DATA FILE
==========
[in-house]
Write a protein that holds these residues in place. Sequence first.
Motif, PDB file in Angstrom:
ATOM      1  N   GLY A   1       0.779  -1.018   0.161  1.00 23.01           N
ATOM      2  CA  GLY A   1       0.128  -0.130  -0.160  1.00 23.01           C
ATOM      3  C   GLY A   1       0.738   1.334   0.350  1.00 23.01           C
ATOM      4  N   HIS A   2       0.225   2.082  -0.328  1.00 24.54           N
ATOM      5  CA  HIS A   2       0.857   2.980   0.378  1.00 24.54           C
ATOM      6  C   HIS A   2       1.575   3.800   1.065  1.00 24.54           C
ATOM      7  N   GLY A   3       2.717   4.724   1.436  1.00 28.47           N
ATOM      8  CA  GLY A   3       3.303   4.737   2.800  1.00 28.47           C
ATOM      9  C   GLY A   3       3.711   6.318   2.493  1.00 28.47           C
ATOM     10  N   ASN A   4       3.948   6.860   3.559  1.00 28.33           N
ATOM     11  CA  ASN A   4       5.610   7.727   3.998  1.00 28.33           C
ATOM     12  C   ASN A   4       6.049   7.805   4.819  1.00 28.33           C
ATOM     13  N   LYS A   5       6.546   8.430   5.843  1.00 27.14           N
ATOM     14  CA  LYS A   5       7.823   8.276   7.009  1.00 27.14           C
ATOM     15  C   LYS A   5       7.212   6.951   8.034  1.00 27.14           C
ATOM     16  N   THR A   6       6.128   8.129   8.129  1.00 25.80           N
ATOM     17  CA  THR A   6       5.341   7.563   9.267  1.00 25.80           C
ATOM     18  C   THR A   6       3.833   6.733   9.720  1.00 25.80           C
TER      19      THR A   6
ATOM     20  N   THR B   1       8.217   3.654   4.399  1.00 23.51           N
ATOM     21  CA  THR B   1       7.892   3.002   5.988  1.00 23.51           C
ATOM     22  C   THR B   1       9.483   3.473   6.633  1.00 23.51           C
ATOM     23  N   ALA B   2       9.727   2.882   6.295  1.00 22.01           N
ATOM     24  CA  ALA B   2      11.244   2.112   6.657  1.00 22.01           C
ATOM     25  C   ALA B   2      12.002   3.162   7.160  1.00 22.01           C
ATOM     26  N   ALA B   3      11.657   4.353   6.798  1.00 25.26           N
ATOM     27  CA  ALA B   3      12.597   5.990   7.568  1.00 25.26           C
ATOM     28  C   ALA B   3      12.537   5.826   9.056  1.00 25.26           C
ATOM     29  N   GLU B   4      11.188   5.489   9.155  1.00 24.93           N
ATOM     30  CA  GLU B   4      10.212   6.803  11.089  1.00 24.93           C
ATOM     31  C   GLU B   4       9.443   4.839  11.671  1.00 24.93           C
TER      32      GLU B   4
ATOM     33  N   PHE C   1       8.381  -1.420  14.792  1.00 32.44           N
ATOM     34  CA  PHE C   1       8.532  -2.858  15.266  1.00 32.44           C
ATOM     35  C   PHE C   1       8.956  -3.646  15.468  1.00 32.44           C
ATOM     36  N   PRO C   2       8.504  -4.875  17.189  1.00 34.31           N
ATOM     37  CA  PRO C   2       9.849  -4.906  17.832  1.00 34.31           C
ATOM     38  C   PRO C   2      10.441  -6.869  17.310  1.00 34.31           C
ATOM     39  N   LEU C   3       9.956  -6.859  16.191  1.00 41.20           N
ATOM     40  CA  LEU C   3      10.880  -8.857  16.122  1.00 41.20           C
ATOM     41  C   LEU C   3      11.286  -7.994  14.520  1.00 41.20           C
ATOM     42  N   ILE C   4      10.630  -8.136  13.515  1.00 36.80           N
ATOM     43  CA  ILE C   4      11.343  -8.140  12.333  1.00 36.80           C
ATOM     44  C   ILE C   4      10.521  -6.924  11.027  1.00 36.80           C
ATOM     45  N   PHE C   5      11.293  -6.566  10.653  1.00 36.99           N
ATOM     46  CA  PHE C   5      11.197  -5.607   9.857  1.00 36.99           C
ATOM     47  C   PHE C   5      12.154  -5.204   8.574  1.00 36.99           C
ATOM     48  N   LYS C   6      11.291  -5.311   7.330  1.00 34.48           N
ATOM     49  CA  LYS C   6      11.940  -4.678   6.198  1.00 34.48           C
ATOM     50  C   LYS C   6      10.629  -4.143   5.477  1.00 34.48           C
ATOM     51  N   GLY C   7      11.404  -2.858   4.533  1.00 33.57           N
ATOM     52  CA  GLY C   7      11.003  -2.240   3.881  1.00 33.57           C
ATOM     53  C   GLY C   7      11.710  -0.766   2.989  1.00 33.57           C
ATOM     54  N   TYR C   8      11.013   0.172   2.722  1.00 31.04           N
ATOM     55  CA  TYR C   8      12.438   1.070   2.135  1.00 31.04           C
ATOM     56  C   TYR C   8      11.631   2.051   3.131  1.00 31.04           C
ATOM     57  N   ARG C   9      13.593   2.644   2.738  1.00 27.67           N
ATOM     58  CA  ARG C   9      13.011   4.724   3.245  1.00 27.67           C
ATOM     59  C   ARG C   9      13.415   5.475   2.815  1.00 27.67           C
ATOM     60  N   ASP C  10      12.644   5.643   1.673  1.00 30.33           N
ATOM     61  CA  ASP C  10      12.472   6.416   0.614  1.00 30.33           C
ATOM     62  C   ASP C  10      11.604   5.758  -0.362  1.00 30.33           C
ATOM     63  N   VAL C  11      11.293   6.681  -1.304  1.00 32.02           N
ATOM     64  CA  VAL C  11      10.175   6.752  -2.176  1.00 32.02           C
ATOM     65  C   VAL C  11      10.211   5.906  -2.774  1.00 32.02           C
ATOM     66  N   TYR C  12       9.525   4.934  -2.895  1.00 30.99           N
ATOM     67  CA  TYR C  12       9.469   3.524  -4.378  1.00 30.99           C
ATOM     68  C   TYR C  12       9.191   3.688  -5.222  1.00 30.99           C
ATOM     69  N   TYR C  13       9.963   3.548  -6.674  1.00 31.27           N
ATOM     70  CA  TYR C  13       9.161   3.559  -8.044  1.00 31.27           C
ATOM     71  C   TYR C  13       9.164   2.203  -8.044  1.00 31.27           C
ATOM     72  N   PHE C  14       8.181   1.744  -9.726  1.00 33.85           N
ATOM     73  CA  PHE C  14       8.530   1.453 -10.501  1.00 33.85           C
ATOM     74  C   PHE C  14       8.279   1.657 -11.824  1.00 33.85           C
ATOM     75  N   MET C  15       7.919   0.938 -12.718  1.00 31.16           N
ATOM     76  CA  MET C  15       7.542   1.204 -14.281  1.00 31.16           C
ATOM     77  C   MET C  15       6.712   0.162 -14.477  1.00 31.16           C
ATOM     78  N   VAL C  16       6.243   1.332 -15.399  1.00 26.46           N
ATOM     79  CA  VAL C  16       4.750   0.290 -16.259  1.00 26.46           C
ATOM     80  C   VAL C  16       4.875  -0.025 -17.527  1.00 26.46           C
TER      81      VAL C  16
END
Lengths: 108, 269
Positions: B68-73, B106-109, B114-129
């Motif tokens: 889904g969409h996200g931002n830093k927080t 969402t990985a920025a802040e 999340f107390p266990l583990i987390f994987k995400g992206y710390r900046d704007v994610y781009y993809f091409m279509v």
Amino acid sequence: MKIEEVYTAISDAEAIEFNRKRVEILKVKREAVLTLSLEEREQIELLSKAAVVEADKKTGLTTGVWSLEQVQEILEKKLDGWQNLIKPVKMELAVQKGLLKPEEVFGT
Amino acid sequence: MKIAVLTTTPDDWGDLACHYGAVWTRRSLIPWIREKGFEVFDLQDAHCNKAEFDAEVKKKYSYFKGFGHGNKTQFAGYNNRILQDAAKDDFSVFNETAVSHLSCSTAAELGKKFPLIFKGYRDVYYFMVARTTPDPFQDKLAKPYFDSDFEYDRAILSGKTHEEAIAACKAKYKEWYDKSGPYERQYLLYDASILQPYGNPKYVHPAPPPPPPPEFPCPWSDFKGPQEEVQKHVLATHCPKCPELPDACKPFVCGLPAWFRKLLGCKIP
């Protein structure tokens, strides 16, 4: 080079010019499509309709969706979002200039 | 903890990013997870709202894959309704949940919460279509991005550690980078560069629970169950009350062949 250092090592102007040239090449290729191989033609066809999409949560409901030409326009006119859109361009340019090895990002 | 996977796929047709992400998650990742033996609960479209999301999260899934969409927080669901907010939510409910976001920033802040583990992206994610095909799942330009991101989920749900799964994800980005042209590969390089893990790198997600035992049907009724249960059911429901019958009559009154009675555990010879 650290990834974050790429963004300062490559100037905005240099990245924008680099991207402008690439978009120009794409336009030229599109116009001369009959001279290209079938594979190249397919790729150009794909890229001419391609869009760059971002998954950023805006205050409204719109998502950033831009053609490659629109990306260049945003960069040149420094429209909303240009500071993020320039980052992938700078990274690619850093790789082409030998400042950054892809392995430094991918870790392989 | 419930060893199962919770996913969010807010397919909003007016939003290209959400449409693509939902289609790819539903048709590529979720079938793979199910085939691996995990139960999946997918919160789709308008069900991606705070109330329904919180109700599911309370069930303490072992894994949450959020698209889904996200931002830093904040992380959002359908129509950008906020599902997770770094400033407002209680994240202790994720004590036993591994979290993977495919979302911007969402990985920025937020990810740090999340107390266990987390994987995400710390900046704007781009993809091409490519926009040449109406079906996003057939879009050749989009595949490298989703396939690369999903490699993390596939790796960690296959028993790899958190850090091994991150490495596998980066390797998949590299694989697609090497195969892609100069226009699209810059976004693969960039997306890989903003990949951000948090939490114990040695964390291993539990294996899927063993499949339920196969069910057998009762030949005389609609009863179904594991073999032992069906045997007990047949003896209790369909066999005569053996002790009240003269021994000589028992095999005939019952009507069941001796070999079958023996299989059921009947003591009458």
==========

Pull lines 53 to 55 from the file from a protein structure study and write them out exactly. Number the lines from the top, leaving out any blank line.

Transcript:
ATOM     50  C   LYS C   6      10.629  -4.143   5.477  1.00 34.48           C
ATOM     51  N   GLY C   7      11.404  -2.858   4.533  1.00 33.57           N
ATOM     52  CA  GLY C   7      11.003  -2.240   3.881  1.00 33.57           C